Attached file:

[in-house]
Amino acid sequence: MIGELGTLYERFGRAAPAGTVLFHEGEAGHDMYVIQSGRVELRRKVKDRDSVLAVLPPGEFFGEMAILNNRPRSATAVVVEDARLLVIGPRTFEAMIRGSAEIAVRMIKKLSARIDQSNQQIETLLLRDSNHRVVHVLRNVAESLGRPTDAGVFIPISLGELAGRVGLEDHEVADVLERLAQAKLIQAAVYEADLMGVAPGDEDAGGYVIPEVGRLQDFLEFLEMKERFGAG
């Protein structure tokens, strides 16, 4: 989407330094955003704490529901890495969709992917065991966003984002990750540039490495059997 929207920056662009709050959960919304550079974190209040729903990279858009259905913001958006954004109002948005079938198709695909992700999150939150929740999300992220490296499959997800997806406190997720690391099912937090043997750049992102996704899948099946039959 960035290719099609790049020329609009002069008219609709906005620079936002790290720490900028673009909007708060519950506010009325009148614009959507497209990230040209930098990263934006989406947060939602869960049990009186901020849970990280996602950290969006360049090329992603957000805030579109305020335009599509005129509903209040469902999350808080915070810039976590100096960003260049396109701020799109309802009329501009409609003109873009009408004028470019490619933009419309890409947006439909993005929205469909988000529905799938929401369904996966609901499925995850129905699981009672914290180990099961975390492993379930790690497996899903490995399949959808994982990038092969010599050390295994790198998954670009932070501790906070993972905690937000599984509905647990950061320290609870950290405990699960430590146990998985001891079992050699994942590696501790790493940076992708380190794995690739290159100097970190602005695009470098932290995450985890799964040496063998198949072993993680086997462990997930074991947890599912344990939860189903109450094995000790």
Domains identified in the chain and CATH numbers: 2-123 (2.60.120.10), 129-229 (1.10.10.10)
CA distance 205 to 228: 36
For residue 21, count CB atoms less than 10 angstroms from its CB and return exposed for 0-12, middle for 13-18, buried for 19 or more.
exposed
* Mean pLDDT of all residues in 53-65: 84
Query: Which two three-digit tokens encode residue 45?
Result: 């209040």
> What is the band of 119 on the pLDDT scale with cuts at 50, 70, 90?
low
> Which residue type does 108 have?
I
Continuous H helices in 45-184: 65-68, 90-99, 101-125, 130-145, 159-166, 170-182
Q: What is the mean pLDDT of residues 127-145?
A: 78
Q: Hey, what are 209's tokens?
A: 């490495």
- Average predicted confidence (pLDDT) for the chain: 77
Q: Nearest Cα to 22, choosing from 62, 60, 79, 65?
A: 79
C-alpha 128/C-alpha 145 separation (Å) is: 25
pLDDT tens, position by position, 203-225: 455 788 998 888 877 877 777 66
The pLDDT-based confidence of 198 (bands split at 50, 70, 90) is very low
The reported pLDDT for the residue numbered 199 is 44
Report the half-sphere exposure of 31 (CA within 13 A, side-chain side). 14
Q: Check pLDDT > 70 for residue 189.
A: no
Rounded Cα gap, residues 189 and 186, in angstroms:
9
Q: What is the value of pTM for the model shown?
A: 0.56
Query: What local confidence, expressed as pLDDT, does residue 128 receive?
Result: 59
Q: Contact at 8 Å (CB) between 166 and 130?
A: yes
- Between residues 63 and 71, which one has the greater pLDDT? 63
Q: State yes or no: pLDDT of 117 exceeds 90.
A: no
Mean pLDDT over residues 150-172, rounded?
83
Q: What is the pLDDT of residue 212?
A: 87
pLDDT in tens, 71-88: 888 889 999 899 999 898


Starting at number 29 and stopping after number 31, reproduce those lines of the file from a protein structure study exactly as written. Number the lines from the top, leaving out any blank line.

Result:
A: no
Rounded Cα gap, residues 189 and 186, in angstroms:
9